I. INDIAN ECONOMIC REVIEW
The last two years have been difficult for the world economy on account of the COVID-19 pandemic. Repeated waves of infection, supply- chain disruptions and, more recently, inflation have created particularly challenging times for policy-making. Faced with these challenges, the Government of Indias immediate response was a bouquet of safety-nets to cushion the impact on vulnerable sections of society and the business sector. It next pushed through a significant increase in capital expenditure on infrastructure to build back medium-term demand as well as aggressively implemented supply-side measures to prepare the economy for a sustained long-term expansion. This chapter explains how this flexible and multi-layered approach is partly based on an "Agile" framework that uses feedback-loops, and the monitoring of realtime data.
Advance estimates suggest that the Indian economy is expected to witness real GDP expansion of 9.2 per cent in 2021-22 after contracting in 2020-21. This implies that overall economic activity has recovered past the pre-pandemic levels. Almost all indicators show that the economic impact of the "second wave" in Q1 was much smaller than that experienced during the full lockdown phase in 2020-21 even though the health impact was more severe.
The pandemic affected both demand and supply, at least in the short-term. As lockdowns eased across the world economic activity gradually started to recover. The contraction in GDP seen in many countries, including India, was because of reduced economic activity and restricted mobility, due to COVID-19 as people curtailed discretionary spending and focused on essentials and precautionary savings due to the level of uncertainty.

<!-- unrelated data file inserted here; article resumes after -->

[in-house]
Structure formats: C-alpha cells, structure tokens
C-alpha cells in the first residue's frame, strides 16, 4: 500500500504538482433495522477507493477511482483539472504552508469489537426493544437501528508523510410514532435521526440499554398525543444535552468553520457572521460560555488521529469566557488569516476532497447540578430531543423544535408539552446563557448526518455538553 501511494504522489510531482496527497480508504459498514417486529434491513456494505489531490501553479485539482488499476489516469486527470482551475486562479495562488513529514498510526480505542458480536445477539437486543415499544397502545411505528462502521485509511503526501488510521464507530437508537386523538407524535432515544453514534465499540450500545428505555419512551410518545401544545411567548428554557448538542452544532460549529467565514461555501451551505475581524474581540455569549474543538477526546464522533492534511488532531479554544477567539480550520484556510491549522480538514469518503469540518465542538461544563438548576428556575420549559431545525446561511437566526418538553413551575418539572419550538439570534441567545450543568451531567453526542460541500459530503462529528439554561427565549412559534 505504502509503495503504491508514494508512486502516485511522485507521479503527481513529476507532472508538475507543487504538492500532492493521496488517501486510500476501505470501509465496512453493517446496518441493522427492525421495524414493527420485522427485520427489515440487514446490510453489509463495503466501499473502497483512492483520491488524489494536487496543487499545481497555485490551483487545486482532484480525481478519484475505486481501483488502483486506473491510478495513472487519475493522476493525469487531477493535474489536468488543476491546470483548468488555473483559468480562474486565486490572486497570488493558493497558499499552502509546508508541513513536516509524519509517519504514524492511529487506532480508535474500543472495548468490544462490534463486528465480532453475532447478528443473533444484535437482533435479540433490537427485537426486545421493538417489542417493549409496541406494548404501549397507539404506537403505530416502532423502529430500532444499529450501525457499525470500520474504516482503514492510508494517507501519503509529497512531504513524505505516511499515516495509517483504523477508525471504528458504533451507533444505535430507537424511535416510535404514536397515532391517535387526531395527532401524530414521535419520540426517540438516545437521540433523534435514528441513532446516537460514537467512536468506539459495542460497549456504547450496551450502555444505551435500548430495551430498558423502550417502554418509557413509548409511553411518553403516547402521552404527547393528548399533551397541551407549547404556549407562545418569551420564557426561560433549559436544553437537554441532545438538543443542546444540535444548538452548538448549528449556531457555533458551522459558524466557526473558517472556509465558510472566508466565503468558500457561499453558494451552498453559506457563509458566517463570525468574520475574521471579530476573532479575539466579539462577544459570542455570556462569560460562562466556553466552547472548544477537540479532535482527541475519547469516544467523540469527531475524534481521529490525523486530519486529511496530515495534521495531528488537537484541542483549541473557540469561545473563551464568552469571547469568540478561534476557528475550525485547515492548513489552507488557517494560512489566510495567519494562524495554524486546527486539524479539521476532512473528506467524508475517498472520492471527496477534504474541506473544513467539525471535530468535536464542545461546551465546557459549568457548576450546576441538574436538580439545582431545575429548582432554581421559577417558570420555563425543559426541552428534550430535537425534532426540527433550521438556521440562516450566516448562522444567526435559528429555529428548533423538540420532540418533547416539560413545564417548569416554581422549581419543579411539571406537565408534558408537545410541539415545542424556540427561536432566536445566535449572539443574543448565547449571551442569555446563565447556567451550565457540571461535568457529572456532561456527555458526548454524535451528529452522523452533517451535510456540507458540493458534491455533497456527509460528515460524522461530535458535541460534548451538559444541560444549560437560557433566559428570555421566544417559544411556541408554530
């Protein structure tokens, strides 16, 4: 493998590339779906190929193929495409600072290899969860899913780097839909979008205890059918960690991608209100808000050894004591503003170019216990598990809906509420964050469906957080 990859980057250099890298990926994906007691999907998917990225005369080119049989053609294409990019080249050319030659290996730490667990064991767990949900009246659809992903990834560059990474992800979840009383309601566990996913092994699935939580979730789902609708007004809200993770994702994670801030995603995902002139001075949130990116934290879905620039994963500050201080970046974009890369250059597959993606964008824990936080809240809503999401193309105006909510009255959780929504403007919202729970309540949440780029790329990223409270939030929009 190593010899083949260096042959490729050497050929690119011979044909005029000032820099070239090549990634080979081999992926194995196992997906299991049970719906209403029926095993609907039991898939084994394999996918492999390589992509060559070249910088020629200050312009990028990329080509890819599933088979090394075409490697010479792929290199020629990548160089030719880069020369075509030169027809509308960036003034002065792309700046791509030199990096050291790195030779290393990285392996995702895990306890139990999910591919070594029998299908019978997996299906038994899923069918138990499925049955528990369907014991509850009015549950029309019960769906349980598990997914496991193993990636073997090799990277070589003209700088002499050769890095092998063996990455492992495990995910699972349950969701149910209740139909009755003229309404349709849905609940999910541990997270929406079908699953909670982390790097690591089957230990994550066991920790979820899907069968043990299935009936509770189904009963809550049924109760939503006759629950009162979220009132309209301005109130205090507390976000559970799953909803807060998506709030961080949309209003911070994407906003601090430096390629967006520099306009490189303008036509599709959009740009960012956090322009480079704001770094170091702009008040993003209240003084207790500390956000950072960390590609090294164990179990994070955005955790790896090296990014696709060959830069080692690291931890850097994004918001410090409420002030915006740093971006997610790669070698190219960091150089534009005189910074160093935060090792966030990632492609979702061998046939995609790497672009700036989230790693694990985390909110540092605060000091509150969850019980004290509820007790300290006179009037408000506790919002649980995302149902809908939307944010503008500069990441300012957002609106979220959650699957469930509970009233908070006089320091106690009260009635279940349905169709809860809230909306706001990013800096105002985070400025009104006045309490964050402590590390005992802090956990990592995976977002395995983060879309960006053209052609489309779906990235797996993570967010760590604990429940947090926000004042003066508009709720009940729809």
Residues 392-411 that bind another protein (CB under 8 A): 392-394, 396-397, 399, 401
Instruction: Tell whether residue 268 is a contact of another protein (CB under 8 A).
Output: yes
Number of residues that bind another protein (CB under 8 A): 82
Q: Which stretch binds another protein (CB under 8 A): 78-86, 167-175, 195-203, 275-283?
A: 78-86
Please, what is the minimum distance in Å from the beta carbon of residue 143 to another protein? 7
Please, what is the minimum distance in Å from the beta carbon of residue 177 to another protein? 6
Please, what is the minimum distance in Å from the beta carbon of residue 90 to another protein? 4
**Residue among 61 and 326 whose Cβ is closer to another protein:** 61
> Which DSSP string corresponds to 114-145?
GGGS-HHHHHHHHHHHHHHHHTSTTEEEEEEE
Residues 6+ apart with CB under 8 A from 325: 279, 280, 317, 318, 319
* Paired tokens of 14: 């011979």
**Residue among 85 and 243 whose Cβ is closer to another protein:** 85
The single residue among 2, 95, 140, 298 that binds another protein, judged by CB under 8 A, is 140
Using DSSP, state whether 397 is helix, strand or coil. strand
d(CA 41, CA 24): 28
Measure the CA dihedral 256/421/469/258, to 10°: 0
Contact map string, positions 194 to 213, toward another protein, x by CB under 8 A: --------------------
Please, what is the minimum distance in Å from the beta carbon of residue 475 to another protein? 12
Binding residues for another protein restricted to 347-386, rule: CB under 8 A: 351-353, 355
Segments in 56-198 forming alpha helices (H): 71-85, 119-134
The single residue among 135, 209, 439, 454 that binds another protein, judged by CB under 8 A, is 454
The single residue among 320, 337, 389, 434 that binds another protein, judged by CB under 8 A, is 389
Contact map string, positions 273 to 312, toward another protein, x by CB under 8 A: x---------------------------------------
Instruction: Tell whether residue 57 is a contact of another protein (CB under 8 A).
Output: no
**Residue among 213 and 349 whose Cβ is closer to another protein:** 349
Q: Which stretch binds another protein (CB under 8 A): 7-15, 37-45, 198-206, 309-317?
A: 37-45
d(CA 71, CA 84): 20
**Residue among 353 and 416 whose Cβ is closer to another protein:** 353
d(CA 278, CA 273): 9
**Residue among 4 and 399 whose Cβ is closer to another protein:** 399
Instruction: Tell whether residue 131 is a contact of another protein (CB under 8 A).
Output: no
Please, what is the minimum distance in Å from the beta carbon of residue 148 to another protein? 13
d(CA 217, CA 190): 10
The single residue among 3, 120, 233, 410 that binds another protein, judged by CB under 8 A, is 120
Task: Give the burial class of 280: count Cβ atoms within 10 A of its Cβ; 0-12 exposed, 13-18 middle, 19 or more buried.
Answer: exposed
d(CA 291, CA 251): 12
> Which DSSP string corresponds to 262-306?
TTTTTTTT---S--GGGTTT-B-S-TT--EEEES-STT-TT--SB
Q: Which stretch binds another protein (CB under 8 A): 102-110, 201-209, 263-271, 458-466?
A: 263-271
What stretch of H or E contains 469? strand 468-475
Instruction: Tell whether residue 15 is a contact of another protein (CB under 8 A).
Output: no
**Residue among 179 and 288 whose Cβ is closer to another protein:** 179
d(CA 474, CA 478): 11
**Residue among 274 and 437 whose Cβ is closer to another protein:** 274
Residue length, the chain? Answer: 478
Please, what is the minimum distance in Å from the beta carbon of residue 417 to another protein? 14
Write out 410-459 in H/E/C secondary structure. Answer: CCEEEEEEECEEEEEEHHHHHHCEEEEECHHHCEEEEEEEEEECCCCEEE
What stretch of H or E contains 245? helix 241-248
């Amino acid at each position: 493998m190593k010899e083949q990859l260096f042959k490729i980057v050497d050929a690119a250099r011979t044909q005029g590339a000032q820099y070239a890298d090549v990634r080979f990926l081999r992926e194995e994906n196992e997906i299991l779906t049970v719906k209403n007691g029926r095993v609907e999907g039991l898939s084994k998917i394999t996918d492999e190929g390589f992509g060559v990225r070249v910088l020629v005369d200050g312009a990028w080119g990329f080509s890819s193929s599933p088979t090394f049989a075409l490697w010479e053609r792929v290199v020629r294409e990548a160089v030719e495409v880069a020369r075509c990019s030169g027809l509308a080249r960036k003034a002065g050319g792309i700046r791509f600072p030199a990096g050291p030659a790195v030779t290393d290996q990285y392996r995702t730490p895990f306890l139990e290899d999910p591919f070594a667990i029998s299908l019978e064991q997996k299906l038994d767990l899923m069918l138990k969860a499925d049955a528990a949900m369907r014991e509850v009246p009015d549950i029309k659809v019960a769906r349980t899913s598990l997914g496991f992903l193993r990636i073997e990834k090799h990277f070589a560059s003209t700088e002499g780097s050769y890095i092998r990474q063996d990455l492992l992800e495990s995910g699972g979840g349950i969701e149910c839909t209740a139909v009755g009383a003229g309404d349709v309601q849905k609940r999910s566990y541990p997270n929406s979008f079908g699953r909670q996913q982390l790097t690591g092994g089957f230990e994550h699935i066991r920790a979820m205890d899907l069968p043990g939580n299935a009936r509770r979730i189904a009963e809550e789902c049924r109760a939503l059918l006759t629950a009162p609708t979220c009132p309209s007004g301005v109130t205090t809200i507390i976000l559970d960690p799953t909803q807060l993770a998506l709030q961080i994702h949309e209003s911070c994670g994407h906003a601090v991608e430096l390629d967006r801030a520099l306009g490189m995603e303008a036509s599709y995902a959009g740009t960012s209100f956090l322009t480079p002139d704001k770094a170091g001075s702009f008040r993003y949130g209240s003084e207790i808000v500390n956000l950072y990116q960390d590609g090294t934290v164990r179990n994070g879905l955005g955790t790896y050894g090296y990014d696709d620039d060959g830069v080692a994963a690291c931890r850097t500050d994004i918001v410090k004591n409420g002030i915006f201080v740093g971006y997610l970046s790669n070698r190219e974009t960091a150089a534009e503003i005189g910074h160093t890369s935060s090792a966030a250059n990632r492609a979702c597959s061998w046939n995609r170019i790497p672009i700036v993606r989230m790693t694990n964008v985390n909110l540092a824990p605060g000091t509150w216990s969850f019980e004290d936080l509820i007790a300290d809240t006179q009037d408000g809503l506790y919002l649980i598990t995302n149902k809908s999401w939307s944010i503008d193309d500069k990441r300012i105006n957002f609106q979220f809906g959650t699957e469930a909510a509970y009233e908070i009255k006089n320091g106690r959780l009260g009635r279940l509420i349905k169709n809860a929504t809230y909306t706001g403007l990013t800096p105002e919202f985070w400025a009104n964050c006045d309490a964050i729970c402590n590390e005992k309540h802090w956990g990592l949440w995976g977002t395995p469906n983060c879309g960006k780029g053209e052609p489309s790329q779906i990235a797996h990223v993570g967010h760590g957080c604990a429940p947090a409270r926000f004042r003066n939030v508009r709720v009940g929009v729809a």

INDIAN ECONOMY RECOVERY
Despite all the disruptions caused by the global pandemic, Indias balance of payments remained in surplus throughout the last two years. This allowed the Reserve Bank of India to keep accumulating foreign exchange reserves (they stood at US$ 634 billion on 31st December 2021). This is equivalent to 13.2 months of merchandise imports and is higher than the countrys external debt. The combination of high foreign exchange reserves, sustained foreign direct investment, and rising export earnings will provide an adequate buffer against possible global liquidity tapering in 2022-23.
The fiscal support given to the economy as well as to the health response caused the fiscal deficit and government debt to rise in 2020-21. However, a strong rebound in government revenues in 2021-22 has meant that the Government will comfortably meet its targets for the year while maintaining the support, and ramping up capital expenditure. The strong revival in revenues (revenue receipts were up over 67 per cent YoY in April-November 2021) means that the Government has fiscal space to provide additional support if necessary.
II. SUPPLY CHAIN DISRUPTION AND THE PAPER INDUSTRY IN INDIA
The Indian paper market faces a difficult situation due to extreme undersupply and high input costs. The surge in production cost, logistics, chemicals, and raw materials, have forced paper mills to increase prices to all-time highs.